BlogGrammar RulesWhen to Use Commas After "Thank You" in Your Writing

When to Use Commas After "Thank You" in Your Writing

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The ProWritingAid Team

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Published Sep 23, 2021
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Should you use a comma after the phrase thank you?

You’ve just finished writing an important email to a colleague and want to thank them for their time.

You’re sending a message to a friend to say thank you for their help.

In both of these scenarios, you’ll use the phrase "thank you" to express gratitude and (in the first example) to signal the end of your email.

But what is the correct punctuation to use? Do you even need punctuation at all? Unfortunately there isn’t one simple grammar rule that can answer this for us.

In this article, we’ll look at the different ways you can use "thank you" in a sentence, and when you do (and don’t) need a comma.

example of using thank you in a sentence with a comma

Contents:
  1. Do You Need a Comma After "Thank You"?
  2. Is It "Thank You, John" or "Thank You John"?
  3. Do You Need a Comma After "Thanks"?
  4. Should You Use a Comma After "Thank You" in an Email Salutation?
  5. What Are Some Examples of Using "Thank You" in a Sentence?

Do You Need a Comma After "Thank You"?

There are a few different ways to use the phrase "thank you," and they each require using commas in different ways.

One is to thank someone directly:

  • "Thank you, Zainab."

Another is to describe the act of thanking someone:

  • "I wanted to thank you for the card you sent me."

As you can see, we used a comma in the first example, but we didn’t in the second. Why?

Is It Always Right to Use a Comma After "Thank You"?

Let’s take a look at some more examples:

  • "I wanted to thank you for the flowers you sent me."
  • "You’ve been given the medal to thank you for your service."
  • "I must thank you for the effort you put into the project."

In these sentences, we’re technically not using the phrase "thank you."

"But it’s right there!"

I know. But in this sentence, "thank" and "you" are two words performing separate roles. Here, to thank is a verb denoting the action of thanking someone. You is the object of that verb (the person receiving the action). We could change "you" for a different object, and the sentence would still make sense:

  • "I wanted to thank him for the card he sent me."

In this case, it would be wrong to use a comma after "thank you," in the same way that you don’t need a comma after "him" in the sentence above.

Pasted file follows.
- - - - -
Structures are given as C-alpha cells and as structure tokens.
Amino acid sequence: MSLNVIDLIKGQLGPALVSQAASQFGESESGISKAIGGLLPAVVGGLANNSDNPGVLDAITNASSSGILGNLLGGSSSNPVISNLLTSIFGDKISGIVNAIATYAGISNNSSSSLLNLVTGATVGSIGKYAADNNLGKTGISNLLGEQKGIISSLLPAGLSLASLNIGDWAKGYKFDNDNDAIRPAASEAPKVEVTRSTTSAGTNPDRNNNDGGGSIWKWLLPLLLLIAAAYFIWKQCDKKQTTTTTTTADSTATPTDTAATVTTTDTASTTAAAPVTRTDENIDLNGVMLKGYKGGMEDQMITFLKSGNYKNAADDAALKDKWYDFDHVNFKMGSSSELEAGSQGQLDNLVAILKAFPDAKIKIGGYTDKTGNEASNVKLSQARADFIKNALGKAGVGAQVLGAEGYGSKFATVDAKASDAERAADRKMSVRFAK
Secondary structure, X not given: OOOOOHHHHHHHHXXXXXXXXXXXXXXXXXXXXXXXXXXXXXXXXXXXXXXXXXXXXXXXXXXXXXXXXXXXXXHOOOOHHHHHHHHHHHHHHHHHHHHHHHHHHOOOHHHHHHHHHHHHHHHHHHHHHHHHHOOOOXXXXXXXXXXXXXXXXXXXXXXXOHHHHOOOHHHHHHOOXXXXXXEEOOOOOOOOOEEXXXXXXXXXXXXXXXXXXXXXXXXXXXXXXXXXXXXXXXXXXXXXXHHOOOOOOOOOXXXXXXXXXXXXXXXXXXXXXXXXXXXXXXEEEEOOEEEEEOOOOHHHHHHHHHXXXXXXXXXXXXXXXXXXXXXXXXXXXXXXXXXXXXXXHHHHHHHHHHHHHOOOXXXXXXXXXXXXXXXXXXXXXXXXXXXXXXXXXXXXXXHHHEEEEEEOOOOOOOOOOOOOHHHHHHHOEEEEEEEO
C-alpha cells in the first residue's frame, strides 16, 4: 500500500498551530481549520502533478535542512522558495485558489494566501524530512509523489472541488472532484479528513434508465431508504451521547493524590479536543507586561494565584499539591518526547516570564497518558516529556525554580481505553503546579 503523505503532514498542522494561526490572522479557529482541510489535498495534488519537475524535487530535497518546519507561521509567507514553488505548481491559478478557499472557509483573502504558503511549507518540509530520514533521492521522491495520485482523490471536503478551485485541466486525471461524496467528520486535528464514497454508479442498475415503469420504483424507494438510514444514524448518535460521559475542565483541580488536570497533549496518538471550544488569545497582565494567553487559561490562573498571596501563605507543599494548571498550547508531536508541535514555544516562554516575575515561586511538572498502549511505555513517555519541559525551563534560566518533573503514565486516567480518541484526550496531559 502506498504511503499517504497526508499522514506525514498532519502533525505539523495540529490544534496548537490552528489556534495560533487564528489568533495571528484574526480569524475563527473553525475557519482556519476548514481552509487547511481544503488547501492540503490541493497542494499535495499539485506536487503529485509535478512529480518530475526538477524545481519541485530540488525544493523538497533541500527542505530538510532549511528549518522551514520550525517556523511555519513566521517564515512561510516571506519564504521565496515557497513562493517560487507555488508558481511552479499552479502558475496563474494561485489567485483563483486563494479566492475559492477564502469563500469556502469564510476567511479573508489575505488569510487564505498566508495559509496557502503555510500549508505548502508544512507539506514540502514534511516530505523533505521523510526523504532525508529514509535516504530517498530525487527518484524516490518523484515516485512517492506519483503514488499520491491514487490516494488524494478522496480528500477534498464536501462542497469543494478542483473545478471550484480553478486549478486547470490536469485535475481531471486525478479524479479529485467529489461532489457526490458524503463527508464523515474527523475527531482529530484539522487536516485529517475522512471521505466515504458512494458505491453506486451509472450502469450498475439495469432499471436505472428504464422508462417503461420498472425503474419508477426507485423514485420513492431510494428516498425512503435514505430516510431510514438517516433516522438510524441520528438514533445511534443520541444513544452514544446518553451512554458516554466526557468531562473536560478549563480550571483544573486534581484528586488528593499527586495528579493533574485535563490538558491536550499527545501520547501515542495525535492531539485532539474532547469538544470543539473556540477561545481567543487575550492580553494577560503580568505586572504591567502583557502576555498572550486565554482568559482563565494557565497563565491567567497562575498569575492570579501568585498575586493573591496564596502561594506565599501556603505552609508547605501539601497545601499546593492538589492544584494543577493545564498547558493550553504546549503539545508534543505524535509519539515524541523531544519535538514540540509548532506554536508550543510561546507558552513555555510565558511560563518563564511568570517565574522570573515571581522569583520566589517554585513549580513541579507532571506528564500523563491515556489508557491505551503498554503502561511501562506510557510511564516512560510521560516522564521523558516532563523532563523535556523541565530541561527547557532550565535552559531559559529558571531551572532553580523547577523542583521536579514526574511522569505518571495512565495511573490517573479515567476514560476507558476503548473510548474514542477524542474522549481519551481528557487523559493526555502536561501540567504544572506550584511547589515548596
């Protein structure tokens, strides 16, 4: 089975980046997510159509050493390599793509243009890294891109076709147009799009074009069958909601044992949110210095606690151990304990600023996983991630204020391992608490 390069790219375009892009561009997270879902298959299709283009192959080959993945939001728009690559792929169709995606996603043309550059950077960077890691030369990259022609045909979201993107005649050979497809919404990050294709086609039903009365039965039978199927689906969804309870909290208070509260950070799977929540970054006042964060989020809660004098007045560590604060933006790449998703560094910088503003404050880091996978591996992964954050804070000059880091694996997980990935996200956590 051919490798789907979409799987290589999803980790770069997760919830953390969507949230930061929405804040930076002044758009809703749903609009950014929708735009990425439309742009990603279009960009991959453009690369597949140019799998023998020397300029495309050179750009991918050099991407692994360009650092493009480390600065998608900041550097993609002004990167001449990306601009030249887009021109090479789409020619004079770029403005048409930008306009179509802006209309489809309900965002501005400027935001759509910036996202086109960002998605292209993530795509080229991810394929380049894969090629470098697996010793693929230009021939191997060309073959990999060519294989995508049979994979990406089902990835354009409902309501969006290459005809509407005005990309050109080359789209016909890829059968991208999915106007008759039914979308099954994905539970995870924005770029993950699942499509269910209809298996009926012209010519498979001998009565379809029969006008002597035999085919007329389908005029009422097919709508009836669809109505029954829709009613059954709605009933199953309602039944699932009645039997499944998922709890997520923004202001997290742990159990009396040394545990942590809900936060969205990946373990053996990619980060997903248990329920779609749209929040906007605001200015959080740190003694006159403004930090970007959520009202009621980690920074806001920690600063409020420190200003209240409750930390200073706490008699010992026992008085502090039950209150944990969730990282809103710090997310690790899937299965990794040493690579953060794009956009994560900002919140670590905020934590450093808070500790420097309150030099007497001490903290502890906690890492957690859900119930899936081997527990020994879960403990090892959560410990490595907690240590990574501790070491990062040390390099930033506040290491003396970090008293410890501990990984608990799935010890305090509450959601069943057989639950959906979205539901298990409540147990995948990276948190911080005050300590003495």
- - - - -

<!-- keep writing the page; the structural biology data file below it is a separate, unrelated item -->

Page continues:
when don't you need a comma?

Do I Need a Comma After Using "Thank You" as a Noun?

You can also use "thank you" to describe something like a note or gift:

  • "I want to send her a thank you for all the help she’s given me."

When you’re using "thank you" in this way, you don’t need a comma.

As with all comma rules, this can get confusing. For example, some people use "thank you" as a noun:

  • "I sent him a thank you, but he never replied."
  • "The department bought you this gift certificate as a thank you for directing the school play."

In these examples, "a thank you" refers to an idea or sentiment. When you use "thank you" in this way, you don’t need to place a comma after it.

In the first example, there is a comma after "thank you," but that is because of the sentence structure, not the phrase. If we add "note" to this sentence, you can see that the comma moves to fall after "note":

  • "I sent him a thank you note, but he never replied."

That’s a lot of rules, right? Fortunately, the most common way to use "thank you" is like in the first example, for direct address.

Is It "Thank You, John" or "Thank You John"?

This one’s easy: You always need a comma after thank you when you are addressing someone directly.

That means it’s "Thank you, John."

Adding a comma here separates the statement from the name of the person being thanked.

This works the same even if you are thanking more than one person:

  • "Thank you, everyone!"
  • "Thank you, Joan, Jessica, and Mark."

direct address = use a comma after thank you

Sometimes, your sentence will continue after the phrase "thank you, [name]." For example:

  • "Thank you, Pamela, for sorting out the filing system."

If your sentence continues after the person’s name, add a second comma after their name to separate it from the rest of the sentence. This is because "Thank you, Pamela." is a complete sentence on its own.